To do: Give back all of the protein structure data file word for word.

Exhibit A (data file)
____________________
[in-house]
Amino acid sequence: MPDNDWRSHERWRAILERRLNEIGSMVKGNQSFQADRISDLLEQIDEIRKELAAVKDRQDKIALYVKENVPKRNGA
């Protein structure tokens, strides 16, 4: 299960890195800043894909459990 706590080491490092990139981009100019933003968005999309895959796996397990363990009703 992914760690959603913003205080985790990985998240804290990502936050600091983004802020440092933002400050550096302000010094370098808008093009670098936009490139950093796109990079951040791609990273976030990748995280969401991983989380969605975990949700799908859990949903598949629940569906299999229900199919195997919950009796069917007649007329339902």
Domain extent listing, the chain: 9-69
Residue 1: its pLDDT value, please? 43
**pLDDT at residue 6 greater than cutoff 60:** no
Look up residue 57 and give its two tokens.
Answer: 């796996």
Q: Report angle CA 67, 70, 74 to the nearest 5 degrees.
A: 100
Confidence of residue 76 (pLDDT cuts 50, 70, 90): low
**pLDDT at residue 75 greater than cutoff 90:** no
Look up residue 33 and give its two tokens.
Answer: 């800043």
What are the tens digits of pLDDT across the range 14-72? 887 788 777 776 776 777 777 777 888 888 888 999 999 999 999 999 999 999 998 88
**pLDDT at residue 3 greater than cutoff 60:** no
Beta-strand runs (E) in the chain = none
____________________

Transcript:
[in-house]
Amino acid sequence: MPDNDWRSHERWRAILERRLNEIGSMVKGNQSFQADRISDLLEQIDEIRKELAAVKDRQDKIALYVKENVPKRNGA
């Protein structure tokens, strides 16, 4: 299960890195800043894909459990 706590080491490092990139981009100019933003968005999309895959796996397990363990009703 992914760690959603913003205080985790990985998240804290990502936050600091983004802020440092933002400050550096302000010094370098808008093009670098936009490139950093796109990079951040791609990273976030990748995280969401991983989380969605975990949700799908859990949903598949629940569906299999229900199919195997919950009796069917007649007329339902």
Domain extent listing, the chain: 9-69
Residue 1: its pLDDT value, please? 43
**pLDDT at residue 6 greater than cutoff 60:** no
Look up residue 57 and give its two tokens.
Answer: 């796996």
Q: Report angle CA 67, 70, 74 to the nearest 5 degrees.
A: 100
Confidence of residue 76 (pLDDT cuts 50, 70, 90): low
**pLDDT at residue 75 greater than cutoff 90:** no
Look up residue 33 and give its two tokens.
Answer: 């800043």
What are the tens digits of pLDDT across the range 14-72? 887 788 777 776 776 777 777 777 888 888 888 999 999 999 999 999 999 999 998 88
**pLDDT at residue 3 greater than cutoff 60:** no
Beta-strand runs (E) in the chain = none